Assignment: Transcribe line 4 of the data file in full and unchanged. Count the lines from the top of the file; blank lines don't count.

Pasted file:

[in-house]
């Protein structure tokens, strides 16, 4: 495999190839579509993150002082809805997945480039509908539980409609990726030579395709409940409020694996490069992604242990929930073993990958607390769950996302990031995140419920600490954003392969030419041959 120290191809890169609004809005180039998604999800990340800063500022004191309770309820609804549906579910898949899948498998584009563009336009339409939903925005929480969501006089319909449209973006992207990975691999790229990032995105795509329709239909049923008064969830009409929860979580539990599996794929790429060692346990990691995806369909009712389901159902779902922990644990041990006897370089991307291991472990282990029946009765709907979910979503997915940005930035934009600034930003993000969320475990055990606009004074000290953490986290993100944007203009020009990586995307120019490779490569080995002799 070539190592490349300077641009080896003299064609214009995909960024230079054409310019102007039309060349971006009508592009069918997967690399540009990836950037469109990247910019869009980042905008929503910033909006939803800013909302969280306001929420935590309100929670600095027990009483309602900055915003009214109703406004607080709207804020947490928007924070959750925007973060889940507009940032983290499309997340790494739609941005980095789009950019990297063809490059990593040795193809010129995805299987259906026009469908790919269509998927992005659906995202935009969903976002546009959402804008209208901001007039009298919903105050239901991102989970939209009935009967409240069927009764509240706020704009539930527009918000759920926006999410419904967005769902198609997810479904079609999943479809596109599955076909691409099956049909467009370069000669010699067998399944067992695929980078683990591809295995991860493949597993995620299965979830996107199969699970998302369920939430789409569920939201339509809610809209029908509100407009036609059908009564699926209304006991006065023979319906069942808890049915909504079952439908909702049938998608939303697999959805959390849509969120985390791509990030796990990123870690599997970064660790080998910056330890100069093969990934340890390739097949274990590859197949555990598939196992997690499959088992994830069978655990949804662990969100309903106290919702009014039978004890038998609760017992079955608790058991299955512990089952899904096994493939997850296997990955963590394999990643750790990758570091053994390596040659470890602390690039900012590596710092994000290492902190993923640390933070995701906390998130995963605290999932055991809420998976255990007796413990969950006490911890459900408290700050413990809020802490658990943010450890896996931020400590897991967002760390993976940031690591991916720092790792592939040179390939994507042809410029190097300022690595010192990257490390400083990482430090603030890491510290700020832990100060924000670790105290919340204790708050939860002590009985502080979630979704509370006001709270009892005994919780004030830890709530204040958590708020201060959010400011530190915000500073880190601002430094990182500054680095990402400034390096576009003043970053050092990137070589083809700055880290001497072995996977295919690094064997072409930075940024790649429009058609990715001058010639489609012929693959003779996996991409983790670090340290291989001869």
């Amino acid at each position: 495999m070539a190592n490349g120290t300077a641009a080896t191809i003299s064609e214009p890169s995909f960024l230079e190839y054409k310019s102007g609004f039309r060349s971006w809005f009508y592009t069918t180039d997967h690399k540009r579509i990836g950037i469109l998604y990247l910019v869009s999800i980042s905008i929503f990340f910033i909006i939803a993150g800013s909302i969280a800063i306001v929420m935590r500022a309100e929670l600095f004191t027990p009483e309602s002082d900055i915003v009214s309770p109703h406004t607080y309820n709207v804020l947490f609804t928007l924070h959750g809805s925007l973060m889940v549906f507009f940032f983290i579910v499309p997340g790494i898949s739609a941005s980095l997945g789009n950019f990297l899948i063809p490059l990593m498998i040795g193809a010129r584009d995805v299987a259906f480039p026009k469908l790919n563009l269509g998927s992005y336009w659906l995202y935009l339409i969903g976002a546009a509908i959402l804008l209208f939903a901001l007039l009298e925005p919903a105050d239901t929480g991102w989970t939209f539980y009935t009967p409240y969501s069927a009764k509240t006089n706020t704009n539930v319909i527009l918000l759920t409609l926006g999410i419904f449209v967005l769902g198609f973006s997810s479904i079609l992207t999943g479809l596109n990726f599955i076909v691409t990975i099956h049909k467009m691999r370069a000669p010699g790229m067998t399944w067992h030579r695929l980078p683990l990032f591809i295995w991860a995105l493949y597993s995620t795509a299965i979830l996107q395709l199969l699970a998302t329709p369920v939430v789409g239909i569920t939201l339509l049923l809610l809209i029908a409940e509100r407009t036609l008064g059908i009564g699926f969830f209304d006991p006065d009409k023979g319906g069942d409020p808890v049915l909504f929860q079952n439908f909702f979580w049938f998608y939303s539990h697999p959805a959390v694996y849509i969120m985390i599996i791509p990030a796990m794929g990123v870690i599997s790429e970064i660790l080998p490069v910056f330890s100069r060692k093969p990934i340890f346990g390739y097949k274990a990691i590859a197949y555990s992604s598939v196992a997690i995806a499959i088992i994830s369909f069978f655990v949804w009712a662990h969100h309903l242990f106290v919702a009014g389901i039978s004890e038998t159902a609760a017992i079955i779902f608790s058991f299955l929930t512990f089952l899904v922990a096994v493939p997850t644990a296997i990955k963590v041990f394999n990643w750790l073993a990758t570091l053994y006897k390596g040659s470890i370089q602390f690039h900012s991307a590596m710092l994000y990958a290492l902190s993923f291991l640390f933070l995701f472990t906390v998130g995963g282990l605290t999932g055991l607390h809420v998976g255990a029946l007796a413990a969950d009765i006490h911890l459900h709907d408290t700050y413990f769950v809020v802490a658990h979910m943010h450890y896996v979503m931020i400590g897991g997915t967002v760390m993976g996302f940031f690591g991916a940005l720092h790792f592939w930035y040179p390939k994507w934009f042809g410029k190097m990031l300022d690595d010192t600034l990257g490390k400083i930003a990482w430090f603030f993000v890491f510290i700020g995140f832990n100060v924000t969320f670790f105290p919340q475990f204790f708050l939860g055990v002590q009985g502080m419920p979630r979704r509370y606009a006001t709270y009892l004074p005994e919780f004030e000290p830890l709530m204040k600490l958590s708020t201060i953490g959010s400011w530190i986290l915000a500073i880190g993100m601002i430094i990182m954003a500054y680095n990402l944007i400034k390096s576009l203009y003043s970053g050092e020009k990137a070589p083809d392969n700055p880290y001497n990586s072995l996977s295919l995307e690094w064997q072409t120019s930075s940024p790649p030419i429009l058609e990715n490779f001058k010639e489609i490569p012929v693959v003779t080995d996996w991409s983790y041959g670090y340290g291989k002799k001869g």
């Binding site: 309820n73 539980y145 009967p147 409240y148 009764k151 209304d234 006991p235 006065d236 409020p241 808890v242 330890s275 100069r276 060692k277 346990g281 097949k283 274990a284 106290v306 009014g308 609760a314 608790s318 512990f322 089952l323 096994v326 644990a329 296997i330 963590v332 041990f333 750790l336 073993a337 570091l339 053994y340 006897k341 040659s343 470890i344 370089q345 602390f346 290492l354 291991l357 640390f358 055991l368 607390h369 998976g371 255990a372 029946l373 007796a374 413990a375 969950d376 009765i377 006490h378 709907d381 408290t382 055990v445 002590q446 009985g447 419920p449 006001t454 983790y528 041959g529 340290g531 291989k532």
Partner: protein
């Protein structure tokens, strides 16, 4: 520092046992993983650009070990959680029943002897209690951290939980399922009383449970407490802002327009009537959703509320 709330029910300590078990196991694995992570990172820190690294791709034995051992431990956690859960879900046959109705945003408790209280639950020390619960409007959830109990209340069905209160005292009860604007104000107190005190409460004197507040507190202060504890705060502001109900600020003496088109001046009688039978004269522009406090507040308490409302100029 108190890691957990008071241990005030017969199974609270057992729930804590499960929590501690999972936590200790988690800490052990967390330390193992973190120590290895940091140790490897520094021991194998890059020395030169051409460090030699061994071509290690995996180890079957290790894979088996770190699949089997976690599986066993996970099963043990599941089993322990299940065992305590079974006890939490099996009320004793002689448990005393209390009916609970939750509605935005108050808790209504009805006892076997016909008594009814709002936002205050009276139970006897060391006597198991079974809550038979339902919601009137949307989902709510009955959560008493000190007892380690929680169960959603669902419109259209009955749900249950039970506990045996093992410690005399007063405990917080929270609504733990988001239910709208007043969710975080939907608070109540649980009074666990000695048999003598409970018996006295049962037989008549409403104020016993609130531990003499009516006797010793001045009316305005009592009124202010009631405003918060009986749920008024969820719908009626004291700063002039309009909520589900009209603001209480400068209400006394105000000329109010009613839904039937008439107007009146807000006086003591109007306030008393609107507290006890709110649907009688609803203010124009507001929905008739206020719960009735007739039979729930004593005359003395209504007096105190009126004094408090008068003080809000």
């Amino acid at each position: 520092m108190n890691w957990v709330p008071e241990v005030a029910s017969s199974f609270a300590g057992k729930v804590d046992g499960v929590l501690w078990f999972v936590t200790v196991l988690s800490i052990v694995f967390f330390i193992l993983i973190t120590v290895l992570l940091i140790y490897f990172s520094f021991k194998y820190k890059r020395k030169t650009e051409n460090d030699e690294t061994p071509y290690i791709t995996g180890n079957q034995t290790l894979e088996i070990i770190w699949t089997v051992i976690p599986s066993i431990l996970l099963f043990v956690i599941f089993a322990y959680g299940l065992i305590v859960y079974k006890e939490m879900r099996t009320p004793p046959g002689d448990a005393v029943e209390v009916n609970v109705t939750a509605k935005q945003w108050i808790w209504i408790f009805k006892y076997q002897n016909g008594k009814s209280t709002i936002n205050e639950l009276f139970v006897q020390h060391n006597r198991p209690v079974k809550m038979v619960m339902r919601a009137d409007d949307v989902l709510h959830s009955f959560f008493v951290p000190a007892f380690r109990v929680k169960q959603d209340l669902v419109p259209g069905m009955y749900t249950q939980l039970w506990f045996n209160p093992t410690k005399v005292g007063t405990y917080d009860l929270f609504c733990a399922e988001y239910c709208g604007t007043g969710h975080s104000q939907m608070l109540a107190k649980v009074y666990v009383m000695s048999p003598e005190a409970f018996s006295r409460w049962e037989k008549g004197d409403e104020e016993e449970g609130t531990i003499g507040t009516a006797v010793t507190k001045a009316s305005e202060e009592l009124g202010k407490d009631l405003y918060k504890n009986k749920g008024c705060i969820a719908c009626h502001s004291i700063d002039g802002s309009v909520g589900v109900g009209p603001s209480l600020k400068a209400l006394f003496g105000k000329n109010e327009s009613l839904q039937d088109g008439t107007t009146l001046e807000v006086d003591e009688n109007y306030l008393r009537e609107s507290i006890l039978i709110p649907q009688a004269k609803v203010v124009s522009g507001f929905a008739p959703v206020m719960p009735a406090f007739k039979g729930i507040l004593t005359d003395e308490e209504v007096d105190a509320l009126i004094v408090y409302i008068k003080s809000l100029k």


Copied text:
């Binding site: 309820n73 539980y145 009967p147 409240y148 009764k151 209304d234 006991p235 006065d236 409020p241 808890v242 330890s275 100069r276 060692k277 346990g281 097949k283 274990a284 106290v306 009014g308 609760a314 608790s318 512990f322 089952l323 096994v326 644990a329 296997i330 963590v332 041990f333 750790l336 073993a337 570091l339 053994y340 006897k341 040659s343 470890i344 370089q345 602390f346 290492l354 291991l357 640390f358 055991l368 607390h369 998976g371 255990a372 029946l373 007796a374 413990a375 969950d376 009765i377 006490h378 709907d381 408290t382 055990v445 002590q446 009985g447 419920p449 006001t454 983790y528 041959g529 340290g531 291989k532």